Poland's continuing hand-to-mouth stretch to feed its people and preserve its precarious experiment in liberalizing Communist rule has brought a new plea to the Reagan administration for $200 million in emergency U.S. food credits.

Administration officials said yesterday that the new request "will receive sympathetic consideration." They acknowledged, however, that they have not yet figured out how to satisfy the request in light of the "extremely difficult" budgetary snarl entangling the administration.

In October Poland submitted a request for $740 million worth of credits to buy agricultural products and feed grains from the United States during fiscal 1982. Because that shopping list requires prolonged consideration, Poland three weeks ago asked the United States to expedite $200 million of that sum on "an emergency basis."

Once again, as last summer, the most acute need is literally "chicken feed"--grain to sustain Poland's poultry industry, the most effective supplier of quickly produced protein. With the winter approaching, tempers are rising in the long lines outside Poland's meagerly supplied food stores.

Political observers agree that this makes Poland vulnerable to combustible interaction between food shortages, street demonstrations and the tense bargaining between the Communist Party and the leadership of Poland's Solidarity movement.

Rep. Edward J. Derwinski (R-Ill.), an activist in stimulating support for the Reagan administration's decision last summer to supply Poland with 360,000 tons of poultry feed by liberal interpretation of credit rules and legislation, expressed optimism yesterday that the White House will follow a similar course again.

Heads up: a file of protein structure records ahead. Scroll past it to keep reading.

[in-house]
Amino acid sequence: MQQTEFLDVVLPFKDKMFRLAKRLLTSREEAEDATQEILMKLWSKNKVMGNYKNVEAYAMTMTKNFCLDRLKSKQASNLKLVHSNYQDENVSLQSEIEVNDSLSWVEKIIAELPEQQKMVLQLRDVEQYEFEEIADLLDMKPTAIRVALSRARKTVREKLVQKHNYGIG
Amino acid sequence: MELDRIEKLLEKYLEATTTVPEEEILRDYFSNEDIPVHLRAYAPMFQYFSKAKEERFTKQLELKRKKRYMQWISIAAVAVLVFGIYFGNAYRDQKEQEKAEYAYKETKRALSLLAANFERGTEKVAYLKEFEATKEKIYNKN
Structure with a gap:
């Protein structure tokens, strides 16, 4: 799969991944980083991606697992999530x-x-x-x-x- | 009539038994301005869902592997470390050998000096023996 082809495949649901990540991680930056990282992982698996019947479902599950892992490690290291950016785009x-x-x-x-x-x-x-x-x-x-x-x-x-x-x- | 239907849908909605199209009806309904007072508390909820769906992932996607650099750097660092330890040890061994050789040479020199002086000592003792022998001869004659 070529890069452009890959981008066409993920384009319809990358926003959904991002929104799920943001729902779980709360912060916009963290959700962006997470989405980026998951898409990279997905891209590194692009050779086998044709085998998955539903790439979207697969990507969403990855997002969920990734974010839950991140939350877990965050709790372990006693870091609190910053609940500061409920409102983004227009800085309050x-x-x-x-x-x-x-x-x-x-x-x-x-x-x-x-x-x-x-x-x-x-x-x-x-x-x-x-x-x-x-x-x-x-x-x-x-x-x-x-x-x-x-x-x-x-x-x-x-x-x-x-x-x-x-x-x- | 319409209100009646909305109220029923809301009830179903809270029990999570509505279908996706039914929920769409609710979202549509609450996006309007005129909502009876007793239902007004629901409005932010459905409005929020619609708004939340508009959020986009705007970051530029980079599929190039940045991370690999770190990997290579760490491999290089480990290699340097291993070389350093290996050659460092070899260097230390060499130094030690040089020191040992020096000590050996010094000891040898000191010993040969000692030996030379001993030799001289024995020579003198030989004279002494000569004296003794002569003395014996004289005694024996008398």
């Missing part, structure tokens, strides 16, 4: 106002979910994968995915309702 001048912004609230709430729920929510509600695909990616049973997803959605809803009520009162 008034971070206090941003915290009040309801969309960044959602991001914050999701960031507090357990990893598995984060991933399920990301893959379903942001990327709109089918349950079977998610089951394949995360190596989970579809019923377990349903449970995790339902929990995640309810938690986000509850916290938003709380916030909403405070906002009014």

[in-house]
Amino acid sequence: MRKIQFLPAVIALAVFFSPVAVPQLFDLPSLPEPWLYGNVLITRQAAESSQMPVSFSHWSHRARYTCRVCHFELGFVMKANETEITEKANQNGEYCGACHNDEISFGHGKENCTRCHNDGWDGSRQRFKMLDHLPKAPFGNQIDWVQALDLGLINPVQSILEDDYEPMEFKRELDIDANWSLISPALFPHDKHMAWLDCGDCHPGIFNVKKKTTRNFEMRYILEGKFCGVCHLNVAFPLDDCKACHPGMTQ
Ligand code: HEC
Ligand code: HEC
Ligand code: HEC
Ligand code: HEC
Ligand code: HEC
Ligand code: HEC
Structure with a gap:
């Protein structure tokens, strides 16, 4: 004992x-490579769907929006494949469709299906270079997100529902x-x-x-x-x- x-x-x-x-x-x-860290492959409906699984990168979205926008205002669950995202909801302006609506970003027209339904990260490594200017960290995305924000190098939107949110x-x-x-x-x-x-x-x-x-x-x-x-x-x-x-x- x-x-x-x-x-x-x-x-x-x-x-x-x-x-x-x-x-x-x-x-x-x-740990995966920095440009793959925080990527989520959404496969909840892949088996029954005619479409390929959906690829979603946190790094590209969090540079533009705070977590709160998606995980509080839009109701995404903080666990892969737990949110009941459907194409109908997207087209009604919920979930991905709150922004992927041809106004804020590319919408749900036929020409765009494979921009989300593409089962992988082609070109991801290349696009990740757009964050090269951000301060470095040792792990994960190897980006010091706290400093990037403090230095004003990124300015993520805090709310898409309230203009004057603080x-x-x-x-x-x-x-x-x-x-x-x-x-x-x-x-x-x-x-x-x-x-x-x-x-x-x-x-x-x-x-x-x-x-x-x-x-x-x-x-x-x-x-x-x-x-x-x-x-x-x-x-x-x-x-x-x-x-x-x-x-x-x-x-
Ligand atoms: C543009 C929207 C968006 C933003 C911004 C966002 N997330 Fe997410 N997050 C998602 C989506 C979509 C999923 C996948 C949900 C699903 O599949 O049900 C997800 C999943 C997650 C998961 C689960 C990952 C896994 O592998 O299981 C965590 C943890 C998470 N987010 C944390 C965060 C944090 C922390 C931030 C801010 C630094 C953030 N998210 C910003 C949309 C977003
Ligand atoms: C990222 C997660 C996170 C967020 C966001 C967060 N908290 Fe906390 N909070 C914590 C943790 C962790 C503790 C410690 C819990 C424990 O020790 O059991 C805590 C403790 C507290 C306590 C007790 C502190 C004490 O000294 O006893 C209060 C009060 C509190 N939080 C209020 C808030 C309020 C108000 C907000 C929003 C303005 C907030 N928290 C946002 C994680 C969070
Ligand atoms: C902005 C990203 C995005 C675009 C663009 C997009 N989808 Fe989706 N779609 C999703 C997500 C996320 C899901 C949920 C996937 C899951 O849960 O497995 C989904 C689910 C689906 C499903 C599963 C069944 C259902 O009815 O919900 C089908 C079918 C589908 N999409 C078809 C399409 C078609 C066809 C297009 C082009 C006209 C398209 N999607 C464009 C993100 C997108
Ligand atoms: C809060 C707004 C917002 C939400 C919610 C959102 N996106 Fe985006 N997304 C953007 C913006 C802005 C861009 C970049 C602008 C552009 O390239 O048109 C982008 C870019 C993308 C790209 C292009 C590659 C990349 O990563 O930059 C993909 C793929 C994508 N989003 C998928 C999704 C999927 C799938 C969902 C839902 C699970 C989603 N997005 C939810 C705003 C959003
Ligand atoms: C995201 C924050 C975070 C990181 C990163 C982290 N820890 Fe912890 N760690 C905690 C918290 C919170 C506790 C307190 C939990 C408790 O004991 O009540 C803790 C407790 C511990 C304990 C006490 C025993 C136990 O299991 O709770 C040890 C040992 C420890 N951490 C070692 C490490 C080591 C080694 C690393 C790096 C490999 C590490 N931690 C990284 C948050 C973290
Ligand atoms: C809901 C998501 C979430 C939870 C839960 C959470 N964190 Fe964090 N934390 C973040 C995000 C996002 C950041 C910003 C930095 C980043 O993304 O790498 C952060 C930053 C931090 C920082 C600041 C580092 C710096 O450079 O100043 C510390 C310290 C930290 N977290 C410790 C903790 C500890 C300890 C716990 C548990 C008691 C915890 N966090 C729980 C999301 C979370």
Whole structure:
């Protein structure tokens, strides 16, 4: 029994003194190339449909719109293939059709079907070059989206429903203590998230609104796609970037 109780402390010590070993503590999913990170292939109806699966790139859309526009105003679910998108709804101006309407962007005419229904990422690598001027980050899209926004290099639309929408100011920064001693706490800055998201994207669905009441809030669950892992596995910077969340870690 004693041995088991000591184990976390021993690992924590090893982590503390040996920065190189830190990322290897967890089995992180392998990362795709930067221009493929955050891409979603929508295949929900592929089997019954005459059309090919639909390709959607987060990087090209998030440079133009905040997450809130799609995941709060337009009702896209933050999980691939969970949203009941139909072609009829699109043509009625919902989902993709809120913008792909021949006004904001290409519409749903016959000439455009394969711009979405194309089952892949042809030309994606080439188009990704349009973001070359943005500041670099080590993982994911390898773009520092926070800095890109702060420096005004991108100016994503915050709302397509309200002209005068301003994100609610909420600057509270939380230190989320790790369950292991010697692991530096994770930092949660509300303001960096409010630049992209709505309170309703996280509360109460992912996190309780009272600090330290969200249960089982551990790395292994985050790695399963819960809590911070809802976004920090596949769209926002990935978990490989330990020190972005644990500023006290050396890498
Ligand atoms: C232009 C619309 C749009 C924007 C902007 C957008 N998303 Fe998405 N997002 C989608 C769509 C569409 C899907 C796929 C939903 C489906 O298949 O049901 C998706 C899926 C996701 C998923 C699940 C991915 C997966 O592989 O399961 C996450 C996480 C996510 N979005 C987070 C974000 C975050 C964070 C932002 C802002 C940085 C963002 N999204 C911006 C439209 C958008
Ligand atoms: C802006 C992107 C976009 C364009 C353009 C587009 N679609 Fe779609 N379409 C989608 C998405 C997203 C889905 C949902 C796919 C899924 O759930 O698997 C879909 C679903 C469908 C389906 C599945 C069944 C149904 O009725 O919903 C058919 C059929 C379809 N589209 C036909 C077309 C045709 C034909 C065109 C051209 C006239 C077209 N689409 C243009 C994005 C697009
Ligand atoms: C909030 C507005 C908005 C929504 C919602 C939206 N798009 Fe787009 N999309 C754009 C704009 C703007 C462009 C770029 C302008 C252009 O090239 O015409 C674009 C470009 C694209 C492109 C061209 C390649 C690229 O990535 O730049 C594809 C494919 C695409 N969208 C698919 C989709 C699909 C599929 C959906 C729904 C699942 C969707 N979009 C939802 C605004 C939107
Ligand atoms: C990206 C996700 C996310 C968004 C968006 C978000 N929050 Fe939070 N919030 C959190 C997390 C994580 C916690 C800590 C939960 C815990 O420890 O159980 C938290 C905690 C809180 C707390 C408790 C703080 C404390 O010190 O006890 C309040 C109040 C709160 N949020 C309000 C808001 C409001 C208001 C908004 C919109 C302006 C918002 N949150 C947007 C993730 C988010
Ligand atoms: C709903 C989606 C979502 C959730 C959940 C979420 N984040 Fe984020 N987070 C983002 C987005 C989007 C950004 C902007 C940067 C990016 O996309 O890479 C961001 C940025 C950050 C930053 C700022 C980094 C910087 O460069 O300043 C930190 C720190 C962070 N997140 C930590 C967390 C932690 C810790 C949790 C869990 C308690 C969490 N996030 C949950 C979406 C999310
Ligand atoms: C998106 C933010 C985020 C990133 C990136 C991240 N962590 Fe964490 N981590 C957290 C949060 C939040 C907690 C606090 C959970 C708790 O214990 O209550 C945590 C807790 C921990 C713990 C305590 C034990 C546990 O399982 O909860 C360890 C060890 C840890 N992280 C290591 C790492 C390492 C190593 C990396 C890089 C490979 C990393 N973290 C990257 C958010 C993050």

The $200 million emergency credits will keep the same grain feed supply line from running out in January, while the overall request for $740 million in 1982 foodstuffs credits is being weighed.

"All my vibes are good," Derwinski said. "There are no political backfires on this one so far as Congress is concerned; it's the administration that has to untangle its own processes."

Derwinski said he plans to meet today with senior administration officials to explore formulas for expediting the aid.

So far as Secretary of State Alexander M. Haig Jr. is concerned, Derwinski said, "He fully understands the problem." Haig has said that Poland is involved in "a historically unprecedented evolution in political change," and American responses to Poland's requirements must be considered in that light.

Administration officials were wary yesterday, however, about forecasting how the White House this time may thread a path through the more-impenetrable budgetary thicket.

President Reagan has registered his interest in the Polish dilemma several times, most recently a week ago by authorizing $30 million more in dairy products from American surplus stockpiles to be distributed to Polish children, the aged and others by U.S. voluntary organizations such as CARE and Catholic Relief.

Beyond food credits or grants to Poland, the United States and other nations are groping for formulas to deal with the problem of multibillion-dollar long-term loan rescheduling to salvage the crippled Polish economy.

This is a contentious subject in the Reagan administration, which is facing heavy crossfire over its battered budgetary concepts.